US 4426007 A
A filing unit for storage and retrieval of magnetic recording disks is disclosed. The unit includes a plurality of pockets or storage panels which can be removably stored in a modular holder and the holder itself can be combined with various other filing components, such as a storage binder having front and rear covers or a desk-top filing stand. In the preferred embodiment, the pocket is carried by a file bar affixed along one edge thereof. The holder includes a plurality of parallel channels each adapted to pivotally receive the file bar of a storage panel. Each channel includes retaining lugs which straddle the channel and are flexible to permit snap-insertion and removal of the bar from the holder.
1. A filing unit comprising:
(a) A storage panel including a pocket formed by folding a unitary sheet of resilient synthetic plastic and being open along one edge for housing magnetic recording disks and the like, one face of the pocket being formed by overlapped flaps and a mounting rod disposed along an edge of said pocket;
(b) a panel holder having a plurality of spaced, parallel channels with a cavity at one end thereof opening toward said channels to receive one end portion of the mounting rod when the rod is fitted longitudinally into one of said channels, and
(c) said holder including retaining means comprising resilient detents which are spaced apart less than the diameter of said mounting rod for receiving the rod when it is moved angularly into one said channels, said rod pivotably interfitting within each of said channels so that the storage panels may be pivoted about the longitudinal axis of said rod.
2. Filing unit as set forth in claim 1, wherein an integral channel strip is bonded along one edge of said pocket; said mounting rod being disposed outwardly of said channel strip and a web portion interconnecting said strip and rod.
3. Filing unit as set forth in claim 1, wherein at least one of said flaps includes an inwardly folded resilient tab portion for engaging the surface of a disk disposed within the pocket to retain said disk frictionally within said pocket.
4. Filing unit as set forth in claim 2, wherein said channel strip is thermally bonded onto said pocket and said web portion includes at least one cut-out disposed to register with said resilient detents to permit the pivotable movement of said storage panel relative to said panel holder.
5. Filing unit comprising a plurality of holders affixed in side-by-side relation to a backing member, each of said holders being of integral, molded construction, having a number of spaced, parallel channels, a plurality of storage panels including a pocket portion for housing magnetic recording disks and the like, and an elongated mounting rod disposed along one edge of said pocket portion, the size and shape of said rod relative to each of said channels being such that the rod will pivotably interfit within each of said channels, said holders including opposed, resilient detents spaced apart less than the diameter of said rod for the snap-fitting insertion and removal therethrough of said rod upon angular movement relative to one of said channels, said backing member being supported in a generally upright position by a pair of pivotable, laterally-spaced legs, each of said legs including an upwardly extending limb engageable with the outer panels pivotably mounted in said filing unit to prevent the pivotable movement of said panels when said legs are swung to generally parallel relation and to permit the panels to be swung outwardly when the legs are moved apart to an oblique angle.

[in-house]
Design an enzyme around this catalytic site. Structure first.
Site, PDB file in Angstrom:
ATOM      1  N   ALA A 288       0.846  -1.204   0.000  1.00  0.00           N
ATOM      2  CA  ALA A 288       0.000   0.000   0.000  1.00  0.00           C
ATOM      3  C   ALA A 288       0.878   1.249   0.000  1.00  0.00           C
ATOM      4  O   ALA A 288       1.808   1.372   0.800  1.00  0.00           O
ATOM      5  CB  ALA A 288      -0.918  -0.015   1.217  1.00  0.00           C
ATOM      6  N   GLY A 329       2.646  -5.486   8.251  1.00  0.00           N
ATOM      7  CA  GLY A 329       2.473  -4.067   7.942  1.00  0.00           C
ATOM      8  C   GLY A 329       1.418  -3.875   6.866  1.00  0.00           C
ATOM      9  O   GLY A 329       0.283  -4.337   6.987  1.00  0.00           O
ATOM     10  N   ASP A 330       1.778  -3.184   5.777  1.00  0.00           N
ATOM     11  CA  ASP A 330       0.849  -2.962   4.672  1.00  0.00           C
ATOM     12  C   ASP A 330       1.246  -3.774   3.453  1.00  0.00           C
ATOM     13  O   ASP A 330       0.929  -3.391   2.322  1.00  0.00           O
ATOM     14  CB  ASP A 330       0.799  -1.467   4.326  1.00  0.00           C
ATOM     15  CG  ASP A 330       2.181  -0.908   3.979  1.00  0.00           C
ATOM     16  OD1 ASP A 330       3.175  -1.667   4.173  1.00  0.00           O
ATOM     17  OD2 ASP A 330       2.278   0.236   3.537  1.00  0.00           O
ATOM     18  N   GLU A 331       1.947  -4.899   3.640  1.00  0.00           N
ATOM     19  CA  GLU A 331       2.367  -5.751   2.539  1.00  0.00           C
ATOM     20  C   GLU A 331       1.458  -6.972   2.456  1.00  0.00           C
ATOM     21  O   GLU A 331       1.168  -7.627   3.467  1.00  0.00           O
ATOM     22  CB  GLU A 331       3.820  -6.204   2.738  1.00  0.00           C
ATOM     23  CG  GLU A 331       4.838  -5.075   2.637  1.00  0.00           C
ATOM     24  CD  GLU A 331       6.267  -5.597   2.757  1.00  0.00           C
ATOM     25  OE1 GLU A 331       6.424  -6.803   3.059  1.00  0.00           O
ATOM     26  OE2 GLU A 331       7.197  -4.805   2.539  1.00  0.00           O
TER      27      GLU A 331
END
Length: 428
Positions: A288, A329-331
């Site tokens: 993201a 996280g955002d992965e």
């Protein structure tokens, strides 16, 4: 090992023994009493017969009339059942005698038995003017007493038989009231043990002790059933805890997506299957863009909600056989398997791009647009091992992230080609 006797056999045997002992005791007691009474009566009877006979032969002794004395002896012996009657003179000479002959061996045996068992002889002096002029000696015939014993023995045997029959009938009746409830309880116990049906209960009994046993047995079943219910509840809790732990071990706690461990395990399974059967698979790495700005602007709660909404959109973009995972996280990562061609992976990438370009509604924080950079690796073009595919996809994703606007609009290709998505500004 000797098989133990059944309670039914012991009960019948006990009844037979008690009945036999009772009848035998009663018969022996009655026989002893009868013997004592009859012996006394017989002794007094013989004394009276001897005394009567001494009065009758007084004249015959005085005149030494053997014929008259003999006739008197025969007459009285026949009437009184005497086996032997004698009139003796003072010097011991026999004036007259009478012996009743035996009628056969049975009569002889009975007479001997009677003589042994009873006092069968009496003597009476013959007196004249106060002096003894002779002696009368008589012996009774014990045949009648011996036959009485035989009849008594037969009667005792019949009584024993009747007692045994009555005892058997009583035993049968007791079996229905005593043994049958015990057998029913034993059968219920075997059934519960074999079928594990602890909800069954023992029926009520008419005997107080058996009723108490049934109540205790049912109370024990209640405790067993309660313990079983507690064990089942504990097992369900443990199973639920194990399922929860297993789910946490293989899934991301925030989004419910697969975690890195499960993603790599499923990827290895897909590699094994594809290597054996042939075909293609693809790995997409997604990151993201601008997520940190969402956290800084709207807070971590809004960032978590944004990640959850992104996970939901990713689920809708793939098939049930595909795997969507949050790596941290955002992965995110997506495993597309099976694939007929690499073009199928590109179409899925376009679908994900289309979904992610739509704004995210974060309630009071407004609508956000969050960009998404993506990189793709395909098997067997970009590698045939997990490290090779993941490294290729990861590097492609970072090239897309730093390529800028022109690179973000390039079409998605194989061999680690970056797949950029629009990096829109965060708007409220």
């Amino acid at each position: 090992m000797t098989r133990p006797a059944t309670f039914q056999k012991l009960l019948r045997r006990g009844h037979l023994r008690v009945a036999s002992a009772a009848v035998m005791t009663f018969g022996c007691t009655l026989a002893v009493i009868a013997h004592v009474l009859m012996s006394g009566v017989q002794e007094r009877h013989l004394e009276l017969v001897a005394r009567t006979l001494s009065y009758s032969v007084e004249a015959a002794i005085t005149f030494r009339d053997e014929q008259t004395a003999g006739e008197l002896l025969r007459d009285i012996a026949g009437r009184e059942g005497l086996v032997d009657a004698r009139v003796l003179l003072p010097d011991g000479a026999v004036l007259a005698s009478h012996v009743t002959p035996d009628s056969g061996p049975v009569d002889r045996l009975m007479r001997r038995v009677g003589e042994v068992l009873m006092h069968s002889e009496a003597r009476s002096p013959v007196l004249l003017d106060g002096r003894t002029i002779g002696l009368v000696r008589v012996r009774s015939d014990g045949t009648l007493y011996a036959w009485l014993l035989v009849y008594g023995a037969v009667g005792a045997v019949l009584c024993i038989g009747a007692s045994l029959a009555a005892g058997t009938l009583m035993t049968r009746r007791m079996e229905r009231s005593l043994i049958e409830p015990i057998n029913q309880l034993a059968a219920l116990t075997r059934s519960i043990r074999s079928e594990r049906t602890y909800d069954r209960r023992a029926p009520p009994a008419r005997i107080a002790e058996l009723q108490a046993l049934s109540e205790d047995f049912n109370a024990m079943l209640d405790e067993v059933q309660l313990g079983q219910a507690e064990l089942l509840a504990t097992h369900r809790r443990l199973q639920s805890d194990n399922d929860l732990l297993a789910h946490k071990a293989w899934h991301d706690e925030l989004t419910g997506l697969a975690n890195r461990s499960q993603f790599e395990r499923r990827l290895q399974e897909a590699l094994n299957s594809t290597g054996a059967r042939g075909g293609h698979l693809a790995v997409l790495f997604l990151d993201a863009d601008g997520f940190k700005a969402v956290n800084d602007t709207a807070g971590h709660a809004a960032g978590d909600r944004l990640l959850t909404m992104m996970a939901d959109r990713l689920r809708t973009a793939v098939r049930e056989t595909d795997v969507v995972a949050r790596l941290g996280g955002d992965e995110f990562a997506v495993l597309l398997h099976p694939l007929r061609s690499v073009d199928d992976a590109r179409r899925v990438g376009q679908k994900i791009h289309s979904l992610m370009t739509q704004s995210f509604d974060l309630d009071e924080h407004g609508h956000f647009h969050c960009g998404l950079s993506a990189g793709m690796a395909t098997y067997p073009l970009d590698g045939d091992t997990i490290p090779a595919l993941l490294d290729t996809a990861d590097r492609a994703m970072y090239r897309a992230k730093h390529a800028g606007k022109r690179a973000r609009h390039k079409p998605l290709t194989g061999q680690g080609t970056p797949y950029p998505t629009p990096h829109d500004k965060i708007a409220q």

The present invention relates to filing systems for flexible magnetic recording disks frequently referred to in the trade as "floppy disks".
Floppy disks are widely used in small computer and word processing equipment, such as the computer-operated recorder typewriters found in modern offices. Although this invention is especially adapted for storage of these disks, it will be recognized that the invention may also be used with other recording media.
Storage of floppy disks presents particular problems in that, for maximum utility, the disks must be securely stored in such a manner that they are protected from warping or bending, yet readily available for identification and use. Some prior filing systems, such as the ones disclosed in U.S. Pat. Nos. 3,502,222 to Crafoord and 4,074,450 to Schweinsberg, use pivoted or hinged storage units for floppy disks. While these systems are adequate for filing purposes, they lack versatility for use with various types of filing units. In addition, the units are relatively expensive and complex in construction and the individual holders are not adapted for easy insertion and removal from their associated file or support members.